But along with this wealth came hubris. As time passed the club did less to entertain those attending and did less to help traders set up and take down. They failed to listen to those attending, those in the industry and in one memorable instance stated 'Traders are idiots.'

Basically, they lost the plot. Venues improved, standards slipped. Manufacturers stopped attending because despite repeatedly contacting the organising committee, they were being ignored. Quite literally ignored, because certain individuals could not be bothered anymore.

A rash of frankly piss poor second hand tat purveyors crept in, along with a veritable plague of re-sellers all stocking the same thing.

The rot had set in and like all Empires the end was on the cards.

It was a sad day when that show folded.

Now there are more shows filling the gaps left by this and other 'Fallen Eagles' but none of them are attracting the traditional manufacturers. The 2HTPs and re-sellers are firmly ensconced, to the point that you see no real variation in shows, no individual feel or atmosphere.

I understand that Dave Thomas, that stalwart of the trade scene is also calling it a day, so our hobby is looking even greyer...

Will we ever see the vibrant shows of the 80s and early 90s return?


TTFN

Twilight Arrives And Vapnartak Passes

It's been a while since I put fingers to keyboard due to heavy workloads (no complaints from me there, as it pays the tailor's and vintner's bills and funds my rakish lifestyle) and a shorter than normal working mont, what with it being February.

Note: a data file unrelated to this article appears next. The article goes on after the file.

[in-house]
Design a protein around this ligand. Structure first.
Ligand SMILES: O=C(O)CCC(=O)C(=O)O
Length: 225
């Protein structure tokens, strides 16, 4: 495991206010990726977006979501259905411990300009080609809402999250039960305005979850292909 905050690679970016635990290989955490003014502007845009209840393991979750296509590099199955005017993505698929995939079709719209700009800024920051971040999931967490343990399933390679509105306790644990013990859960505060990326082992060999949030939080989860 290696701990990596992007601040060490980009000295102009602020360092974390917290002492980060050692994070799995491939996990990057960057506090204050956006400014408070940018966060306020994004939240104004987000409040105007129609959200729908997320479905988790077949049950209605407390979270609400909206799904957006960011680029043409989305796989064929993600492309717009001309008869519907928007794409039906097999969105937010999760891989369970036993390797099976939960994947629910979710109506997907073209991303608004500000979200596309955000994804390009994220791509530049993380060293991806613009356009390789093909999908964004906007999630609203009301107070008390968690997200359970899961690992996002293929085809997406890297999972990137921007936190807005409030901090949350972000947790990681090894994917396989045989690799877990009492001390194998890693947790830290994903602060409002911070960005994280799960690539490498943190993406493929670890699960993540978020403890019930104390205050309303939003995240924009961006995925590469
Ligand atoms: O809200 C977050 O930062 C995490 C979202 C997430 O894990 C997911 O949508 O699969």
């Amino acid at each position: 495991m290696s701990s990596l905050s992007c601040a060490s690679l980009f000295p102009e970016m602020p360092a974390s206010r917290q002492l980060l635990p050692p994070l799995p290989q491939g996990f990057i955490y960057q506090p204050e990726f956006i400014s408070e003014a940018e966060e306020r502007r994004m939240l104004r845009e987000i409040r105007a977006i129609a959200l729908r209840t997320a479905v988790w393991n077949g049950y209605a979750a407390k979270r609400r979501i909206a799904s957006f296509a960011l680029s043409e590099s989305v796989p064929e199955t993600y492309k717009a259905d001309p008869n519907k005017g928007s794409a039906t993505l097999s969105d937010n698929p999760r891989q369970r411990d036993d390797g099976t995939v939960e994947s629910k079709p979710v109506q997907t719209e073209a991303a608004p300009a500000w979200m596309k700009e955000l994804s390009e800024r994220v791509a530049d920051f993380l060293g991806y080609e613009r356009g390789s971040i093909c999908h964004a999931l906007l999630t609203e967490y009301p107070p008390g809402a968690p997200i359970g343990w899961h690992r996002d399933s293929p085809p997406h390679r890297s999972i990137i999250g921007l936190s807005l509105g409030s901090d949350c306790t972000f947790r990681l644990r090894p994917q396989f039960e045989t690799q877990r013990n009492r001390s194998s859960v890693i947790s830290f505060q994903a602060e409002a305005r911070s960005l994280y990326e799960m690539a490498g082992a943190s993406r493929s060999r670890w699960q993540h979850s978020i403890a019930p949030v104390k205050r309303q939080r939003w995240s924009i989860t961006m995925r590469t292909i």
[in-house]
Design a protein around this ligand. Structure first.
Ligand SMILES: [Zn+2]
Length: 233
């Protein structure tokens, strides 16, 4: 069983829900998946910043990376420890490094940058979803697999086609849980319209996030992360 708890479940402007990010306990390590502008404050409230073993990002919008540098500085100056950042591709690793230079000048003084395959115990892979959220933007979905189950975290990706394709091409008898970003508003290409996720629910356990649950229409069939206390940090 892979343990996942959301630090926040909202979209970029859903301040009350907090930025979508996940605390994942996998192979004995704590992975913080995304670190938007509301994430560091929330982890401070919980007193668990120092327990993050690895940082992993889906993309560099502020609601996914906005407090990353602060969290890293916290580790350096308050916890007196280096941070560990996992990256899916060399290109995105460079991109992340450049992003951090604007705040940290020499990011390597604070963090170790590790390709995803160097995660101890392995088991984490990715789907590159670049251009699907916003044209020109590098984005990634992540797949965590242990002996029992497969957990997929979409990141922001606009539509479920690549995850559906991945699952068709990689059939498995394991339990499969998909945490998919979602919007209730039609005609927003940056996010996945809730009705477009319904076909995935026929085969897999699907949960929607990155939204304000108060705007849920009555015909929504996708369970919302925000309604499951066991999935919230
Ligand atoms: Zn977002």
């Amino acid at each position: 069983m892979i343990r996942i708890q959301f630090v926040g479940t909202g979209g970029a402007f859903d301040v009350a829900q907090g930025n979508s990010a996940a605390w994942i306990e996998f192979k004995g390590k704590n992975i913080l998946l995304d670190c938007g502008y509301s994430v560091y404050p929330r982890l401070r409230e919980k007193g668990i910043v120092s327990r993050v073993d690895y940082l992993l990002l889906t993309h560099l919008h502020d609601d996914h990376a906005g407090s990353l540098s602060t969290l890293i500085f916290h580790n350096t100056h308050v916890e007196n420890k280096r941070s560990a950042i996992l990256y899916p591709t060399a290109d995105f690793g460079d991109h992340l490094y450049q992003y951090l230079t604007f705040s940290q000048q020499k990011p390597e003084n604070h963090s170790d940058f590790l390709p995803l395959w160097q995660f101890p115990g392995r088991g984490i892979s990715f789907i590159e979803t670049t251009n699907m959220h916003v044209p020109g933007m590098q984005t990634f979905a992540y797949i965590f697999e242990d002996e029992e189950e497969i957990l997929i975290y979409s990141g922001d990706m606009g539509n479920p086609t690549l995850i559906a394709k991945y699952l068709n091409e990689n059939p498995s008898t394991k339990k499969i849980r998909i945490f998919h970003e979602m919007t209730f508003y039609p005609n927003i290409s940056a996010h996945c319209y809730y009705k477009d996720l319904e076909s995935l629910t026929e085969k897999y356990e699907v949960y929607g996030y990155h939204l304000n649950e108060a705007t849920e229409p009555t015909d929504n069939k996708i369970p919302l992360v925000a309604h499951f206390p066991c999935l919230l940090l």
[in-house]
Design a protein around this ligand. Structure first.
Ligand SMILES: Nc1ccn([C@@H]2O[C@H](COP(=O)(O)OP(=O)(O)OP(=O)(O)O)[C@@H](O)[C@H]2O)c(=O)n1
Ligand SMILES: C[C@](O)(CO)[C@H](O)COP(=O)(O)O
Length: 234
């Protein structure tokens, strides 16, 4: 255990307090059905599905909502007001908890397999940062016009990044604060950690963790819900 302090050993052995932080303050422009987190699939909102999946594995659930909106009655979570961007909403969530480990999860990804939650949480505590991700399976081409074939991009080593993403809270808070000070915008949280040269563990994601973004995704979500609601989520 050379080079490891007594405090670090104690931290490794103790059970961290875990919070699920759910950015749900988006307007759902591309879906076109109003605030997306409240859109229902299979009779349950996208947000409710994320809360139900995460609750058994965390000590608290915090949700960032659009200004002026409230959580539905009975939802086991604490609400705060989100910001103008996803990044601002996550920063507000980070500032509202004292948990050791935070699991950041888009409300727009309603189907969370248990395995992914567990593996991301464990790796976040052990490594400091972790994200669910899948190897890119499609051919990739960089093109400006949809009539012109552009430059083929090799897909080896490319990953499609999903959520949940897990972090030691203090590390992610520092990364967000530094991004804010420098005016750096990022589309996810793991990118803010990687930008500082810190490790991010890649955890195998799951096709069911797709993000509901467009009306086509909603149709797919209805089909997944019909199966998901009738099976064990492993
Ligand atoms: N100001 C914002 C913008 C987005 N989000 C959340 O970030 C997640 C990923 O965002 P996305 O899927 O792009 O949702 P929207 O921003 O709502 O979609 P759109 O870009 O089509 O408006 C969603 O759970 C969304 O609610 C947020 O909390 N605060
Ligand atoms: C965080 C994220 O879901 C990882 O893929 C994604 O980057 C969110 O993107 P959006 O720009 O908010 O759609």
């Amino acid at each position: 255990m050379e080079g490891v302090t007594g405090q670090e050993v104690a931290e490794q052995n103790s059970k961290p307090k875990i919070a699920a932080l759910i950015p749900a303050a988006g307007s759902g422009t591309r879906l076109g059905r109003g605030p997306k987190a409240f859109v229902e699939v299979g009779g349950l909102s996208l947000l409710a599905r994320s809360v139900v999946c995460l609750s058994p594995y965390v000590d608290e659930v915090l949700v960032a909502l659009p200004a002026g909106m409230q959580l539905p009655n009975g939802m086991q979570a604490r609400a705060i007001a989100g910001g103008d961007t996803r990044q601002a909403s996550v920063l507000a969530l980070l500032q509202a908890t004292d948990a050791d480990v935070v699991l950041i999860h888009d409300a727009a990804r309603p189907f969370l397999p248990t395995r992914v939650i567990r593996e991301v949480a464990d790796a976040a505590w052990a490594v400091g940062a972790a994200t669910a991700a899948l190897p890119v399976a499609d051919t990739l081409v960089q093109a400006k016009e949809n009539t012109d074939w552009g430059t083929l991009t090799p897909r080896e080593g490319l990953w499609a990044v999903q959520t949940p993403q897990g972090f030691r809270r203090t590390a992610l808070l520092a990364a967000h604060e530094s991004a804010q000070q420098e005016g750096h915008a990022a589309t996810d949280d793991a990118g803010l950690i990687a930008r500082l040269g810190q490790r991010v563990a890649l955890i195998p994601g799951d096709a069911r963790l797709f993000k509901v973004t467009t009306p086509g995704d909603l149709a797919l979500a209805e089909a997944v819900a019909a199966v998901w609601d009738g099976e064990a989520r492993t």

Last week, I managed to get my hands on a rather nice copy of the Twilight 2000 RPG in it's 1st edition along with 7 supplements for slightly more than £100. This was more than I think reasonable, but the condition was nice and they were there for the taking.

T2000 or (WW3 The RPG as it's known in these parts) has been a favourite of mine down the years as it tied the two sides of my hobby together very nicely indeed and, being well written presented, is one of those games you can sit and read just for the hell of it.

The later edition of the game was 'sexed up' and for me, it lost some of it's feel.

I've not found the time yet to indulge myself in it's pages yet , but it's on my 'to do' list.

On Sunday, we made the annual trip to Vapnartak at York racecourse, stopping off at a very nice diner just outside of York in what was once a Little Chef. The menu was reasonably priced, the food and coffee very good indeed and it cost £10 per person including gratuities. Not for us the greasy pasty and instant beverage of York racecourse.

 I am pleased to report, the personal hygiene rating of those attending the show had improved after last year's stench-fest. In fact there was a noticeable improvement in the overall sartorial standards too, with plenty of tweeds, caps and sensible brogued footwear as is right and proper.

The show seemed a bit livelier than last year too, but I managed to spend a mere £144.50 which was later reduced to £84.50 after I flipped a £25 purchase for £60.

The day was only marred by repeated evacuations due to false alarms. In the end we just said 'fuck it!' and sat there drinking our tea and coffee.

However, this is the last show we will be attending this year, because the traders in attendance are becoming very 'cookie cutter' and there is only so much 28mm plastic WW2, Medieval and Dark Age product that a gamer needs or can look at without bleeding from the eyes.

I never thought I'd be witnessed saying 'Well, there's no point in going to 'X' or 'Y' show, because there's nothing of interest for me.'

But there you have it...


TTFN